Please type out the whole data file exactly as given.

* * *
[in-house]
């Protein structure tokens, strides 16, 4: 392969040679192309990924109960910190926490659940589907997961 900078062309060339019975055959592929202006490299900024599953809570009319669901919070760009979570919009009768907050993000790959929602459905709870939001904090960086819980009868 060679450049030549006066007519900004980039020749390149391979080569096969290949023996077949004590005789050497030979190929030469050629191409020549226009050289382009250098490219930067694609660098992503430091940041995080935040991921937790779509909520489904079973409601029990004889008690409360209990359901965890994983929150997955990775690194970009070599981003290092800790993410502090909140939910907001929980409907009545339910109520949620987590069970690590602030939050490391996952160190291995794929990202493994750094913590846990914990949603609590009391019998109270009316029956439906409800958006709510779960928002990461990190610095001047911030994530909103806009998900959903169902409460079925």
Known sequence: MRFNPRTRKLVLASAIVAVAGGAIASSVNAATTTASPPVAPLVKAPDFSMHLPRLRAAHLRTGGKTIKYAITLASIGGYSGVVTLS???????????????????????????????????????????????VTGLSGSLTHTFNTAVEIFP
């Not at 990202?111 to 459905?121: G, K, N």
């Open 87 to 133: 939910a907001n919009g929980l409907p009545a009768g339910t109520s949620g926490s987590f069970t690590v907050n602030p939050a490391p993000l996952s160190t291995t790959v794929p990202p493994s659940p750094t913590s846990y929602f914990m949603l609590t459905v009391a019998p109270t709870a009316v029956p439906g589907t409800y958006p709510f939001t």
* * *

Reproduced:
[in-house]
């Protein structure tokens, strides 16, 4: 392969040679192309990924109960910190926490659940589907997961 900078062309060339019975055959592929202006490299900024599953809570009319669901919070760009979570919009009768907050993000790959929602459905709870939001904090960086819980009868 060679450049030549006066007519900004980039020749390149391979080569096969290949023996077949004590005789050497030979190929030469050629191409020549226009050289382009250098490219930067694609660098992503430091940041995080935040991921937790779509909520489904079973409601029990004889008690409360209990359901965890994983929150997955990775690194970009070599981003290092800790993410502090909140939910907001929980409907009545339910109520949620987590069970690590602030939050490391996952160190291995794929990202493994750094913590846990914990949603609590009391019998109270009316029956439906409800958006709510779960928002990461990190610095001047911030994530909103806009998900959903169902409460079925």
Known sequence: MRFNPRTRKLVLASAIVAVAGGAIASSVNAATTTASPPVAPLVKAPDFSMHLPRLRAAHLRTGGKTIKYAITLASIGGYSGVVTLS???????????????????????????????????????????????VTGLSGSLTHTFNTAVEIFP
């Not at 990202?111 to 459905?121: G, K, N």
């Open 87 to 133: 939910a907001n919009g929980l409907p009545a009768g339910t109520s949620g926490s987590f069970t690590v907050n602030p939050a490391p993000l996952s160190t291995t790959v794929p990202p493994s659940p750094t913590s846990y929602f914990m949603l609590t459905v009391a019998p109270t709870a009316v029956p439906g589907t409800y958006p709510f939001t």